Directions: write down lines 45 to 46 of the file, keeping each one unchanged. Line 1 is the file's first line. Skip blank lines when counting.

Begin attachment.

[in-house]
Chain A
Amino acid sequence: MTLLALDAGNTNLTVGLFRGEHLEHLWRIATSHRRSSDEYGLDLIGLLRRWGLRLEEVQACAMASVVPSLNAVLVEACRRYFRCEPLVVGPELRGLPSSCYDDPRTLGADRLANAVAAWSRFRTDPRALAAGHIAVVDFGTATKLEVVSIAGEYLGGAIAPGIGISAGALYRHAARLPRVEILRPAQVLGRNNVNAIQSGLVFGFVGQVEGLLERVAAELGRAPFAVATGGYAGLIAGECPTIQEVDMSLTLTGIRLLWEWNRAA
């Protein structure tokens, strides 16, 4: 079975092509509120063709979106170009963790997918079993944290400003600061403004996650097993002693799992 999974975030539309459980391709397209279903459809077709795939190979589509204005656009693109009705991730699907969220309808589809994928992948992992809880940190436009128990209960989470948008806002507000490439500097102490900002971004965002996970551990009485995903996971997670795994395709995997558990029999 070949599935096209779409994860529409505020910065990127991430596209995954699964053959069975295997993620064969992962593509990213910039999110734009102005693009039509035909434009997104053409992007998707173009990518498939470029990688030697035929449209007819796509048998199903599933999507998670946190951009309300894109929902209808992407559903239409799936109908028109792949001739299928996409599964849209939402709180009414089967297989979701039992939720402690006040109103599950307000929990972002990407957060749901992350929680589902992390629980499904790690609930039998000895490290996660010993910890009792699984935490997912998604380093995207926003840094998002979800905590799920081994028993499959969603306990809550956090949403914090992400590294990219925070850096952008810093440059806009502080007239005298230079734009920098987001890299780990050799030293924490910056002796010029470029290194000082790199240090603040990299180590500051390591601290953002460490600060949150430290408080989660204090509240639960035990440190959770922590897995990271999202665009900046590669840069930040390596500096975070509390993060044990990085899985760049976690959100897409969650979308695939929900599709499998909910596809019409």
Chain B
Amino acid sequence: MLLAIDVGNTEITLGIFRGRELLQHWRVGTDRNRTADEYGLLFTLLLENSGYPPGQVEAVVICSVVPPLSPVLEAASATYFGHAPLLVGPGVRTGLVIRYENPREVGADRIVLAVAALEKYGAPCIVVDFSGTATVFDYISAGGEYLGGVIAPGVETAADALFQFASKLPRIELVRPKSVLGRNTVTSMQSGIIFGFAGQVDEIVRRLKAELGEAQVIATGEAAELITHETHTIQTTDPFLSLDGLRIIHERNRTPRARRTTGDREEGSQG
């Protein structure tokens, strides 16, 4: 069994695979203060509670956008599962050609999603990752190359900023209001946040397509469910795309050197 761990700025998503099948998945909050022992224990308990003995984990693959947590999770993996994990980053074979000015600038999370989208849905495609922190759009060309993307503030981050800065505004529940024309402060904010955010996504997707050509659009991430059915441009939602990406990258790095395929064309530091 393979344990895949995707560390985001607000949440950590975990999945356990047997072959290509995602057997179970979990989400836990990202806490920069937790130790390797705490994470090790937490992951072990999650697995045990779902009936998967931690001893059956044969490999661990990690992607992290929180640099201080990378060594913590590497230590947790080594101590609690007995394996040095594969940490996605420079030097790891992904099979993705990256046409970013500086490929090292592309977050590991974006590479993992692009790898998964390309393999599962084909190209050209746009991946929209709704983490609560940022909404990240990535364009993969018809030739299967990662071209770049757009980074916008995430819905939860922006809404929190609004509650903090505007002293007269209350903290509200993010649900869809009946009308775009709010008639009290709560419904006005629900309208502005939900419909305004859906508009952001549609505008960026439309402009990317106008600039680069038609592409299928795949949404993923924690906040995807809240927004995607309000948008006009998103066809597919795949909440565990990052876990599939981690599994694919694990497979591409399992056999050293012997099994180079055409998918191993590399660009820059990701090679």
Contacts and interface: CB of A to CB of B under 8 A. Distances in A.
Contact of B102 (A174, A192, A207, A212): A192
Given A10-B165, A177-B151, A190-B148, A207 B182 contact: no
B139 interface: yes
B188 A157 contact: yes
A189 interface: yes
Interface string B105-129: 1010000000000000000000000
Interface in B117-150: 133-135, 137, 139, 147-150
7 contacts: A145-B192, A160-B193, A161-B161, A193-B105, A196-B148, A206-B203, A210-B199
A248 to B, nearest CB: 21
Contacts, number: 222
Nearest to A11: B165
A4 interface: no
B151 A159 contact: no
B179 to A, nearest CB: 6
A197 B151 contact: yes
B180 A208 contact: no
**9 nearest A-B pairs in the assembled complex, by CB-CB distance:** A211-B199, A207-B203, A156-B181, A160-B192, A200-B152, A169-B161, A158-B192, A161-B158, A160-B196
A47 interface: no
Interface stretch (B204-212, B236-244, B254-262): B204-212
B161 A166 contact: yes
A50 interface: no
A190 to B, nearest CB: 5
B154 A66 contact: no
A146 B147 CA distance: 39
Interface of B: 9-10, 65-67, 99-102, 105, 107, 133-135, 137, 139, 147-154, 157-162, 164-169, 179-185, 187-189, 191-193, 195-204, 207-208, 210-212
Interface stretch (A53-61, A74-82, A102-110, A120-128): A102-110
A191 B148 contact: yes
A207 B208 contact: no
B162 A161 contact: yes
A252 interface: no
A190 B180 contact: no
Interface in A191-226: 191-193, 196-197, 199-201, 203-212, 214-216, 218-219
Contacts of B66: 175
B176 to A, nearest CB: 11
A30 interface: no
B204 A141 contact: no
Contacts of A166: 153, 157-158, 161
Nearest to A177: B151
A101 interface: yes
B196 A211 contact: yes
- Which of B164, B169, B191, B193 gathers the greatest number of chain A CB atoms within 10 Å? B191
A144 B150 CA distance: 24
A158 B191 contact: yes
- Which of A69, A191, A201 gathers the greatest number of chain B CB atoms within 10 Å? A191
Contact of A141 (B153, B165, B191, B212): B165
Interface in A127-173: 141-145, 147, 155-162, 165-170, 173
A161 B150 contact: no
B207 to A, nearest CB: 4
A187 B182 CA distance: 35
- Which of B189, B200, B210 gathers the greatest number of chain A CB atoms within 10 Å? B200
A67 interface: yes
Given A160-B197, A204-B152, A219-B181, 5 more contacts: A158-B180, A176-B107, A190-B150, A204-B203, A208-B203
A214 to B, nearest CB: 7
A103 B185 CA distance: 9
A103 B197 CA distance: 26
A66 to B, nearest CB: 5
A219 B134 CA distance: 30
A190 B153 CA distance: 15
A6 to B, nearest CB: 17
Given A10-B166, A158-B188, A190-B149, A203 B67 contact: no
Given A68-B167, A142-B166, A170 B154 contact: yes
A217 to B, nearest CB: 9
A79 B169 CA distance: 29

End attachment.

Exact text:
Contacts of A166: 153, 157-158, 161
Nearest to A177: B151